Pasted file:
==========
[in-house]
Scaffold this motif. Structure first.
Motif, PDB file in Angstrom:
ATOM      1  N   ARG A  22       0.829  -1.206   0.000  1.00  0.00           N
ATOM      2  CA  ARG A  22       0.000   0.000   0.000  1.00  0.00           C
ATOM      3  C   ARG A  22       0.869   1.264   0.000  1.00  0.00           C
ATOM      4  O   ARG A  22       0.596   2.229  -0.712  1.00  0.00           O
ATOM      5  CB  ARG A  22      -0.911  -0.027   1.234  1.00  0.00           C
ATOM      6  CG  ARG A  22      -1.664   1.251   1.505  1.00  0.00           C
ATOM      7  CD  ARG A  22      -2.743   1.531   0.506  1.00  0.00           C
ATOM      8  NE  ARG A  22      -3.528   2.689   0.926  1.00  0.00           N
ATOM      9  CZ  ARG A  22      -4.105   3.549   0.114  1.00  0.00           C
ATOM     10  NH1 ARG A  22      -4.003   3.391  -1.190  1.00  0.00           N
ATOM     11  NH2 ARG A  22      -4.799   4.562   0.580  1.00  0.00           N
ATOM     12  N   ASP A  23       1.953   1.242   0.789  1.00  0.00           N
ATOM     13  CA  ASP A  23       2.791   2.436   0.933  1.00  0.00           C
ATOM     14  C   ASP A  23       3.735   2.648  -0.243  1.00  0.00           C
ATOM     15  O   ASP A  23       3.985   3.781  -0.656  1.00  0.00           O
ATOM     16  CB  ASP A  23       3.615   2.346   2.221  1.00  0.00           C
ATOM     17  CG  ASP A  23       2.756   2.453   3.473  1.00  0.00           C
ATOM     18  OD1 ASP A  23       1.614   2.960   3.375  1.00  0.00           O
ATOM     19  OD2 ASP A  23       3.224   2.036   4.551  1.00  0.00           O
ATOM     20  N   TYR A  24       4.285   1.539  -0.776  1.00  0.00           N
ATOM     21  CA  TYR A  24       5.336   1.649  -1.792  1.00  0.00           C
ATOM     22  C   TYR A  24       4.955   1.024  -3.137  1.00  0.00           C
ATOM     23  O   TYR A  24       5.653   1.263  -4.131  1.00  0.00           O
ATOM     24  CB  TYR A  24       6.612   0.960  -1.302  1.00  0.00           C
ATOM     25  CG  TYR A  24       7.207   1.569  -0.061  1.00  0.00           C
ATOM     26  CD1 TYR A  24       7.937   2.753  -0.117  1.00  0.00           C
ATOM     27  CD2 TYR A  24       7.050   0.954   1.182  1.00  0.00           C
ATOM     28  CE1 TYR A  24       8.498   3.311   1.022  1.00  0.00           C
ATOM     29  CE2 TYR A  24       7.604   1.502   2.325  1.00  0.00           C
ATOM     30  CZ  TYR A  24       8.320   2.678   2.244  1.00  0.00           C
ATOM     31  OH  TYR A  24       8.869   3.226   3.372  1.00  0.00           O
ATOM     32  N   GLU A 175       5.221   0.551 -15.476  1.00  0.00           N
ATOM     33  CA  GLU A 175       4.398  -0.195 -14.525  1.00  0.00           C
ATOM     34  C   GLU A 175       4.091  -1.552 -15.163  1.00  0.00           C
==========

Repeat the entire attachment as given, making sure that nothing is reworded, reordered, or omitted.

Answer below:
[in-house]
Scaffold this motif. Structure first.
Motif, PDB file in Angstrom:
ATOM      1  N   ARG A  22       0.829  -1.206   0.000  1.00  0.00           N
ATOM      2  CA  ARG A  22       0.000   0.000   0.000  1.00  0.00           C
ATOM      3  C   ARG A  22       0.869   1.264   0.000  1.00  0.00           C
ATOM      4  O   ARG A  22       0.596   2.229  -0.712  1.00  0.00           O
ATOM      5  CB  ARG A  22      -0.911  -0.027   1.234  1.00  0.00           C
ATOM      6  CG  ARG A  22      -1.664   1.251   1.505  1.00  0.00           C
ATOM      7  CD  ARG A  22      -2.743   1.531   0.506  1.00  0.00           C
ATOM      8  NE  ARG A  22      -3.528   2.689   0.926  1.00  0.00           N
ATOM      9  CZ  ARG A  22      -4.105   3.549   0.114  1.00  0.00           C
ATOM     10  NH1 ARG A  22      -4.003   3.391  -1.190  1.00  0.00           N
ATOM     11  NH2 ARG A  22      -4.799   4.562   0.580  1.00  0.00           N
ATOM     12  N   ASP A  23       1.953   1.242   0.789  1.00  0.00           N
ATOM     13  CA  ASP A  23       2.791   2.436   0.933  1.00  0.00           C
ATOM     14  C   ASP A  23       3.735   2.648  -0.243  1.00  0.00           C
ATOM     15  O   ASP A  23       3.985   3.781  -0.656  1.00  0.00           O
ATOM     16  CB  ASP A  23       3.615   2.346   2.221  1.00  0.00           C
ATOM     17  CG  ASP A  23       2.756   2.453   3.473  1.00  0.00           C
ATOM     18  OD1 ASP A  23       1.614   2.960   3.375  1.00  0.00           O
ATOM     19  OD2 ASP A  23       3.224   2.036   4.551  1.00  0.00           O
ATOM     20  N   TYR A  24       4.285   1.539  -0.776  1.00  0.00           N
ATOM     21  CA  TYR A  24       5.336   1.649  -1.792  1.00  0.00           C
ATOM     22  C   TYR A  24       4.955   1.024  -3.137  1.00  0.00           C
ATOM     23  O   TYR A  24       5.653   1.263  -4.131  1.00  0.00           O
ATOM     24  CB  TYR A  24       6.612   0.960  -1.302  1.00  0.00           C
ATOM     25  CG  TYR A  24       7.207   1.569  -0.061  1.00  0.00           C
ATOM     26  CD1 TYR A  24       7.937   2.753  -0.117  1.00  0.00           C
ATOM     27  CD2 TYR A  24       7.050   0.954   1.182  1.00  0.00           C
ATOM     28  CE1 TYR A  24       8.498   3.311   1.022  1.00  0.00           C
ATOM     29  CE2 TYR A  24       7.604   1.502   2.325  1.00  0.00           C
ATOM     30  CZ  TYR A  24       8.320   2.678   2.244  1.00  0.00           C
ATOM     31  OH  TYR A  24       8.869   3.226   3.372  1.00  0.00           O
ATOM     32  N   GLU A 175       5.221   0.551 -15.476  1.00  0.00           N
ATOM     33  CA  GLU A 175       4.398  -0.195 -14.525  1.00  0.00           C
ATOM     34  C   GLU A 175       4.091  -1.552 -15.163  1.00  0.00           C